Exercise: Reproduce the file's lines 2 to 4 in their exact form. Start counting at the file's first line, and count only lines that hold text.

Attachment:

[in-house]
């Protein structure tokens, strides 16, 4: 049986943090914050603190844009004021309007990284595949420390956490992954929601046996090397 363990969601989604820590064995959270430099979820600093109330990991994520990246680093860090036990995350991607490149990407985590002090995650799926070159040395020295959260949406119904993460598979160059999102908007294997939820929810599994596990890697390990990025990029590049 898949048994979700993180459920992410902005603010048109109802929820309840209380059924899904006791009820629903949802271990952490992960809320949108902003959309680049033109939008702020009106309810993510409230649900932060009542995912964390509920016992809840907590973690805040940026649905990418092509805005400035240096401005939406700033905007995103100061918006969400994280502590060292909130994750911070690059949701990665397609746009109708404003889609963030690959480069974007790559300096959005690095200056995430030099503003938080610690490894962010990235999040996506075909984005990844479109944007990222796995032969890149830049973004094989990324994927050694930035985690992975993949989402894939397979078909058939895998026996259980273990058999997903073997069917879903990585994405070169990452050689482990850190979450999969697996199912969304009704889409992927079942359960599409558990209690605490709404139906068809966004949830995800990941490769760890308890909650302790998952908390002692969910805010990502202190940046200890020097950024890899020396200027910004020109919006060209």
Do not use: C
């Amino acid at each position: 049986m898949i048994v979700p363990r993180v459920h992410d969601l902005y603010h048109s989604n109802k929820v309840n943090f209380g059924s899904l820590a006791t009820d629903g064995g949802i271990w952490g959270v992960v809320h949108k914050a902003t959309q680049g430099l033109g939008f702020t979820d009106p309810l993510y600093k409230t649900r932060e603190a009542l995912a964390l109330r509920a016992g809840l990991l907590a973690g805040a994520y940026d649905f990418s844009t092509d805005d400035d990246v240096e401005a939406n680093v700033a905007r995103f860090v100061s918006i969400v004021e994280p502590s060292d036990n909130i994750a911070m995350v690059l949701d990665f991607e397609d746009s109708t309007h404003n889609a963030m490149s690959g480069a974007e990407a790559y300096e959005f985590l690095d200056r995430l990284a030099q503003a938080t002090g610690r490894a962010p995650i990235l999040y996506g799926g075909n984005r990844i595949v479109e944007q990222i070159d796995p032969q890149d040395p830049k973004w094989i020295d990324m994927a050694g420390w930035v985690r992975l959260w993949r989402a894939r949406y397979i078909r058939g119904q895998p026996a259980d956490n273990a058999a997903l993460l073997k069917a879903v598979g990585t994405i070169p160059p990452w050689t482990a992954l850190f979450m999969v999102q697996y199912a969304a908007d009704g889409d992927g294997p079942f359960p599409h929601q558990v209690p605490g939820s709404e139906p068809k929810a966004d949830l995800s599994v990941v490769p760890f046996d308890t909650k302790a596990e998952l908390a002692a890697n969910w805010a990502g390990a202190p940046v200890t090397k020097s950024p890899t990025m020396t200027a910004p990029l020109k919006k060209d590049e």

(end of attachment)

């Protein structure tokens, strides 16, 4: 049986943090914050603190844009004021309007990284595949420390956490992954929601046996090397 363990969601989604820590064995959270430099979820600093109330990991994520990246680093860090036990995350991607490149990407985590002090995650799926070159040395020295959260949406119904993460598979160059999102908007294997939820929810599994596990890697390990990025990029590049 898949048994979700993180459920992410902005603010048109109802929820309840209380059924899904006791009820629903949802271990952490992960809320949108902003959309680049033109939008702020009106309810993510409230649900932060009542995912964390509920016992809840907590973690805040940026649905990418092509805005400035240096401005939406700033905007995103100061918006969400994280502590060292909130994750911070690059949701990665397609746009109708404003889609963030690959480069974007790559300096959005690095200056995430030099503003938080610690490894962010990235999040996506075909984005990844479109944007990222796995032969890149830049973004094989990324994927050694930035985690992975993949989402894939397979078909058939895998026996259980273990058999997903073997069917879903990585994405070169990452050689482990850190979450999969697996199912969304009704889409992927079942359960599409558990209690605490709404139906068809966004949830995800990941490769760890308890909650302790998952908390002692969910805010990502202190940046200890020097950024890899020396200027910004020109919006060209």
Do not use: C
């Amino acid at each position: 049986m898949i048994v979700p363990r993180v459920h992410d969601l902005y603010h048109s989604n109802k929820v309840n943090f209380g059924s899904l820590a006791t009820d629903g064995g949802i271990w952490g959270v992960v809320h949108k914050a902003t959309q680049g430099l033109g939008f702020t979820d009106p309810l993510y600093k409230t649900r932060e603190a009542l995912a964390l109330r509920a016992g809840l990991l907590a973690g805040a994520y940026d649905f990418s844009t092509d805005d400035d990246v240096e401005a939406n680093v700033a905007r995103f860090v100061s918006i969400v004021e994280p502590s060292d036990n909130i994750a911070m995350v690059l949701d990665f991607e397609d746009s109708t309007h404003n889609a963030m490149s690959g480069a974007e990407a790559y300096e959005f985590l690095d200056r995430l990284a030099q503003a938080t002090g610690r490894a962010p995650i990235l999040y996506g799926g075909n984005r990844i595949v479109e944007q990222i070159d796995p032969q890149d040395p830049k973004w094989i020295d990324m994927a050694g420390w930035v985690r992975l959260w993949r989402a894939r949406y397979i078909r058939g119904q895998p026996a259980d956490n273990a058999a997903l993460l073997k069917a879903v598979g990585t994405i070169p160059p990452w050689t482990a992954l850190f979450m999969v999102q697996y199912a969304a908007d009704g889409d992927g294997p079942f359960p599409h929601q558990v209690p605490g939820s709404e139906p068809k929810a966004d949830l995800s599994v990941v490769p760890f046996d308890t909650k302790a596990e998952l908390a002692a890697n969910w805010a990502g390990a202190p940046v200890t090397k020097s950024p890899t990025m020396t200027a910004p990029l020109k919006k060209d590049e």